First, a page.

Fluid Mechanics background
The atmosphere's density and
viscosity decrease with altitude. Viscosity
is the property of a fluid or gas which makes it resist flow.
Fluids with low viscosity flow readily and vice versa. Atmospheric
Density, which is defined as mass per unit volume, also affects
the rate at which particles fall or settle through a fluid. These
two properties are used to calculate the Reynolds
number (Re) of a particle moving through the atmosphere.
Reynolds number is a dimensionless number (i.e. it has no units)
that is a measure of the type of flow through a fluid. In the case
of falling particles, this describes the way that air flows around
the particle. There are three basic types: laminar
where Re < 0.4, intermediate where 0.4 < Re < 500, and
where Re > 500. Note that laminar flow has streamlines that
smoothly flow around the particle, while turbulent flow includes
irregular eddies. See the diagrams below:
Larger pyroclasts, those >2mm in diameter, fall in a turbulent flow regime (Re> 500) through the atmosphere. Small pyroclasts, <1/16 mm, fall in laminar flow regime (Re<0.4). Intermediate size particles are transitional. These fallout relationships strongly influence atmospheric residence and fallout patterns of pyroclasts. A review of fluid principles related to particle fall is fundamental to understanding clouds, which consist of particles with low terminal velocities.
A basic equation that describes the fall of objects through the
air is the gravitational settling equation. It assumes that
particles falling (ash in this case) are spherical in shape. This
is a broad assumption and not very accurate but is used for
simplicity. This equation also assumes that these particles fall
independently of each other . After a very short time, ~1-3
seconds, particles will reach a terminal
velocity in earth's atmosphere, with their gravitational
attraction to the earth balanced by air resistance. Small
particles have dominant air resistance (fall slowly) while large
particles have dominant gravity (fall rapidly). A sphere will fall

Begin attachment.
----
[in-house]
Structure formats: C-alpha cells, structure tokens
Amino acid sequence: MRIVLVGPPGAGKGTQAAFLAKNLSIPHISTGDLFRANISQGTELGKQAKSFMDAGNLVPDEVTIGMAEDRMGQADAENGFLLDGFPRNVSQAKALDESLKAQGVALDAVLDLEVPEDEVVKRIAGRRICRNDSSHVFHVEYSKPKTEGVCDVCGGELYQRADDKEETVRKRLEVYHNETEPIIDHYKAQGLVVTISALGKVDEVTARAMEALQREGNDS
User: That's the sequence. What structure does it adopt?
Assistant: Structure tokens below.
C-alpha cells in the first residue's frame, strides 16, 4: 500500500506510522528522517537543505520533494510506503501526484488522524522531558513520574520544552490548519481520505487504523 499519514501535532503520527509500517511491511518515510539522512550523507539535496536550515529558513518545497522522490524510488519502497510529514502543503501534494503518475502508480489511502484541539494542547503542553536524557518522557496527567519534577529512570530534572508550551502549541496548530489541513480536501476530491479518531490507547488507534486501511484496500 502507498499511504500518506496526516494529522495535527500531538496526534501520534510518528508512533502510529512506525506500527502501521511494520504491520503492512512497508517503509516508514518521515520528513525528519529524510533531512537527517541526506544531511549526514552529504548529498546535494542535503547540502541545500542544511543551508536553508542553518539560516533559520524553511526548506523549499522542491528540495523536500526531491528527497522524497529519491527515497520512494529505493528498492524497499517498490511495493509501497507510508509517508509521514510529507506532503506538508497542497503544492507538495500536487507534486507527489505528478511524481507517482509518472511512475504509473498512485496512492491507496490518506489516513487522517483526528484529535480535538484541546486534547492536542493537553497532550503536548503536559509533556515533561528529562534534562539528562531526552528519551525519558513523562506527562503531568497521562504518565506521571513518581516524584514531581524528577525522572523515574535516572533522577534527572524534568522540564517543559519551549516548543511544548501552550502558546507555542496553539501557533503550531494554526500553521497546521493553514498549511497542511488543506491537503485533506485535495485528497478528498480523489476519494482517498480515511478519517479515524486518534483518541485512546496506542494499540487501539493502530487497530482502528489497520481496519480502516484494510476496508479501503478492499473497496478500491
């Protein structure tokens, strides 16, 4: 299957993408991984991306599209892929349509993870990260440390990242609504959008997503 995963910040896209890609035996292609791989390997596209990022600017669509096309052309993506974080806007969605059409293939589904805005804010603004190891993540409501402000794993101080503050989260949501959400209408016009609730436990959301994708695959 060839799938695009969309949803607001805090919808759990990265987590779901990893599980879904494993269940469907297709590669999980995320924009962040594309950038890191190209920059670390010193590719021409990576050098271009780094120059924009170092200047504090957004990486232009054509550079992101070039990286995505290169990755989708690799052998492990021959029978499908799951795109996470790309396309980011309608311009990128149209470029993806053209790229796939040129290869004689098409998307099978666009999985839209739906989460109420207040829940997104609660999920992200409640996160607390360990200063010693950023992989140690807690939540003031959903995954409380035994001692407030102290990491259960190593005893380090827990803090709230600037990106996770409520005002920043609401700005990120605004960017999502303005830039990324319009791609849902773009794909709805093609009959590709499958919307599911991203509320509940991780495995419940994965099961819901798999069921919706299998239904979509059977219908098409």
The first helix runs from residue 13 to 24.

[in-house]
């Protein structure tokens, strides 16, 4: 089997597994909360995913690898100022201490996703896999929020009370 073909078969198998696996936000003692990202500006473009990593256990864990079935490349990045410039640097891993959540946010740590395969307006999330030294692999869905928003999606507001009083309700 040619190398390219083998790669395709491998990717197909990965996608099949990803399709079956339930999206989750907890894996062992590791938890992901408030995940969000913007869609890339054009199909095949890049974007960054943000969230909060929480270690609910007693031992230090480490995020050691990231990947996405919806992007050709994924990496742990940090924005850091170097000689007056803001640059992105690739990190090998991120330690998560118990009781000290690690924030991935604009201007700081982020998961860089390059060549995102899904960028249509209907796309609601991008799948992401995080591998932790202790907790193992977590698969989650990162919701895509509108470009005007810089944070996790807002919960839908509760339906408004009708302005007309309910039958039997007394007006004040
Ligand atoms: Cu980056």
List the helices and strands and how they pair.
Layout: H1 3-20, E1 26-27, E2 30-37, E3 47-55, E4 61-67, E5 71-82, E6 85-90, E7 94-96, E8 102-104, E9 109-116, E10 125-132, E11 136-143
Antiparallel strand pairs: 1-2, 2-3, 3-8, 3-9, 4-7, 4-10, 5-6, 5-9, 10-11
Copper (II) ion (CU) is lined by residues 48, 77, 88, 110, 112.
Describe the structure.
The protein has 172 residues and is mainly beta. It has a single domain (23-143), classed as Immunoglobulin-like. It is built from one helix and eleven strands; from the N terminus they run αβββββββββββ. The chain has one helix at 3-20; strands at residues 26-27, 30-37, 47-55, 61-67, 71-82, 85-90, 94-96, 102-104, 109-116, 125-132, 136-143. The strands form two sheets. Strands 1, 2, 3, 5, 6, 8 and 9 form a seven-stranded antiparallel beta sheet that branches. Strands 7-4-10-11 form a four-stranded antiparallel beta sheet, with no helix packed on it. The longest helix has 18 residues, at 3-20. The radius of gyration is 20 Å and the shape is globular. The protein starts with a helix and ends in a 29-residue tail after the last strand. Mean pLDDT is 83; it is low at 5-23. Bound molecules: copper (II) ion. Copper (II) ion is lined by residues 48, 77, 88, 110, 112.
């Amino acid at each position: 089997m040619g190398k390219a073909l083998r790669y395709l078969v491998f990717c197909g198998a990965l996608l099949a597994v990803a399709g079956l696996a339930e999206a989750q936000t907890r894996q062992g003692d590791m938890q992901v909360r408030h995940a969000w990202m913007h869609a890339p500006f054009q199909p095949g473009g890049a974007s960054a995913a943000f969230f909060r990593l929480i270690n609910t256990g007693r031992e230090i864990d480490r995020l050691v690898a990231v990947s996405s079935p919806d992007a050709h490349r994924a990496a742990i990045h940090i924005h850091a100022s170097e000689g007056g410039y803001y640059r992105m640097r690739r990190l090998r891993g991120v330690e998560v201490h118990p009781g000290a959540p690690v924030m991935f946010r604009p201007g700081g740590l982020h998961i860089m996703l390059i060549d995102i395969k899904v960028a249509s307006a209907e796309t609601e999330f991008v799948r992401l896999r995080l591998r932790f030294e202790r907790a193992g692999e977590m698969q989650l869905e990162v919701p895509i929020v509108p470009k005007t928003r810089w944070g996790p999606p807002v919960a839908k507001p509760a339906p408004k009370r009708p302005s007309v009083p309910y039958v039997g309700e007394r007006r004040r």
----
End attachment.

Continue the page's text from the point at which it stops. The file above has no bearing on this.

through the atmosphere at a predictable terminal velocity. The
equations for gravitational settling, which depend on Re are as
Vt = (3.1 g r d /s)1/2 (Re > 500) (1)
Vt = ( g r d2/ 18m) (Re< 0.4) (2)
Vt ~ d (4 r2 g2 / 225 ms) 1/3 (0.4 < Re < 500) (3)
where Vt = terminal velocity of a particle, g = the gravitational acceleration, r = particle density, d = particle diameter, s = air density, and m = the dynamic viscosity.
The fall velocity of hydrometeors can be similarly predicted.
The different Reynolds Number regions correspond to the fallout deposits, according to Bonadonna et al (1998) where different slopes on a variety of plots such as ln t vs A1/2 correspond to the various flow regimes.
Grain Size distributions
Populations of particles can be characterized by grain size distributions, which typically quantify the mass proportions of particles of different sizes. Size distributions of volcanic particles are often assumed to be log normal. Log normal distributions are known to exist for volcanic fallout.
An interesting recent paper about the fallout of volcanic particles through earth's atmosphere is:
Bonadonna, C., Ernst G. G. J., and Sparks, R. S. J. 1998. Thickness variations and volume estimates of tephra fall deposits: the importance of particle Reynolds number: Jour Volc Geoth Res, 81: 173-184.
Copyright © 2000 MTU Department of Geological Engineering and Sciences. All Rights Reserved.
Email questions about the content of this page to: Steve Wyrembelski